Bits & P.C.’s: Security Alert – Bugbear

Bits & P.C.’s: Security Alert – Bugbear

By Richard Heller

Last week I mentioned the W32.Bugbear@mm virus that had just been discovered. This week I have some further information on this mass-mailing worm.

Symantec has upgraded the threat level of Bugbear from a Category 2 to a Category 4 due to the number of computer systems that have been infected. It is spread through e-mails, and if it should get onto a computer that is networked, it will spread the virus to the other computers.

The worm will install itself from an infected e-mail by making up a name and copying itself into the Windows system directory on your hard drive. It then creates various encrypted support files that allow it to connect to other computers while you are on the Internet. By “on the Internet,” I mean anytime that you are online whether surfing the web or checking your e-mail.

The worm has “keystroke logging” capabilities which enable it to keep a record of anything that you type. This data is saved to a file that is then sent to the hacker who can then “replay the tape” and see everything that you have typed including passwords, PIN and account numbers, as well as a record of the websites that you have visited. With this capability, there is no need for the hacker to guess what your password or credit card number is; he’ll know exactly what you entered, including the backspace that you did when you corrected the account number.

The worm will also attempt to disable any anti-virus or firewall program that you have installed. It will also search the address book files on your computer to come up with e-mail addresses to mail to. It can also take the name from the “From” field in the e-mail and use that in its own e-mails to make it appear as though the e-mail came from someone else.

The worm will also choose a subject to include in the message line to make it appear as a valid e-mail. It will also choose documents and other files from your computer, alter the contents, and then include this altered file in its e-mail.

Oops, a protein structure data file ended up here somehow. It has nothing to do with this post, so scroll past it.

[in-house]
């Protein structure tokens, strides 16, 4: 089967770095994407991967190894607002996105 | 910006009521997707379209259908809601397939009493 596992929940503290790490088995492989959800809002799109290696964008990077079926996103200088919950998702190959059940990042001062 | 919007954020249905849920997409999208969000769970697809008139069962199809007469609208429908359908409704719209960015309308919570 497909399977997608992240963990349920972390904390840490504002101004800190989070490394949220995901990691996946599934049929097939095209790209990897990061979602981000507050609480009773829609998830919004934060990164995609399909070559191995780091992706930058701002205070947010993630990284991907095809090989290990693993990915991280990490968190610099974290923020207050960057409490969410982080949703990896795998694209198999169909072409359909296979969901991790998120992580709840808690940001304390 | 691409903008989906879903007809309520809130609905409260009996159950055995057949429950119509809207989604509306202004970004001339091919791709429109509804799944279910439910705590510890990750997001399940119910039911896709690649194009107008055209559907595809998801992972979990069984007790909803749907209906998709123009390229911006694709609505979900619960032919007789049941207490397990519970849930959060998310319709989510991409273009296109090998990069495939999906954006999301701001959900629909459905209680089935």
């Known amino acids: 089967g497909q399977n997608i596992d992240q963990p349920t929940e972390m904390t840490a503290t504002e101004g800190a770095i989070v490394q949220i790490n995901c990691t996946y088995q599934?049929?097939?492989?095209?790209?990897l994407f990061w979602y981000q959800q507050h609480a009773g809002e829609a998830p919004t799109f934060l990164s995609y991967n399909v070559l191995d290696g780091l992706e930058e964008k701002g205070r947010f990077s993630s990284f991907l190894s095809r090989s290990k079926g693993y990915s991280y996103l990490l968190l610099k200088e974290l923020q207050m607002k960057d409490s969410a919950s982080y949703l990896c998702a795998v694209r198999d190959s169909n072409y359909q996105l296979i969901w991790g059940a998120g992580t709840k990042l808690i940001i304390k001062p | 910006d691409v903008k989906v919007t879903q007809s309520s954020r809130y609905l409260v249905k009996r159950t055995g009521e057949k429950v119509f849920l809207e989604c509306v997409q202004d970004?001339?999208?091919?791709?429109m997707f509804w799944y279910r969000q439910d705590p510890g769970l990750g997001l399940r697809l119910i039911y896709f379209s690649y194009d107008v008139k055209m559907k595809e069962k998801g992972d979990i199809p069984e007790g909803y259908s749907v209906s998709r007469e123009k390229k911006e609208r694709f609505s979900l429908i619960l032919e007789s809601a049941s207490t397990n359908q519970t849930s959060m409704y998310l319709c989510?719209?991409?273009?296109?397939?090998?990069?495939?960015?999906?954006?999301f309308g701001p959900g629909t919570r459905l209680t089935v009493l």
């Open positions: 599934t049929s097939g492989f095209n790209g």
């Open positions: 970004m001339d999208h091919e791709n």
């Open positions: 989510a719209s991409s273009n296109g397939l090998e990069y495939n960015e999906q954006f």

The backdoor capabilities of the worm allow it to delete and copy files, stop programs from running, and various other things to cause grief. If it gets onto a network, it will disrupt the printers, causing them to not function or to print garbage.

This worm was only discovered on September 30, 2002, and unless your anti-virus program has been updated since that time, you are at great risk of being infected. Symantec has a removal tool available at that will scan your system and remove the worm if it is found.

Other anti-virus companies also have removers available or the instructions on how to manually remove the worm.

If you are using any Microsoft Windows-based operating system, you are vulnerable to attack. Do not open e-mail attachments unless you know the person sending it to you. Even if it is from your daughter, it may be wise to confirm by e-mail or phone before you open the attachment to be certain that she actually was the sender.

Richard Heller is an independent computer specialist who specializes in repairs, installation, upgrades, technical support, Internet sharing, data recovery and diagnostics. If you have any computer or service-related questions, please send them to The Rock River Times or e-mail

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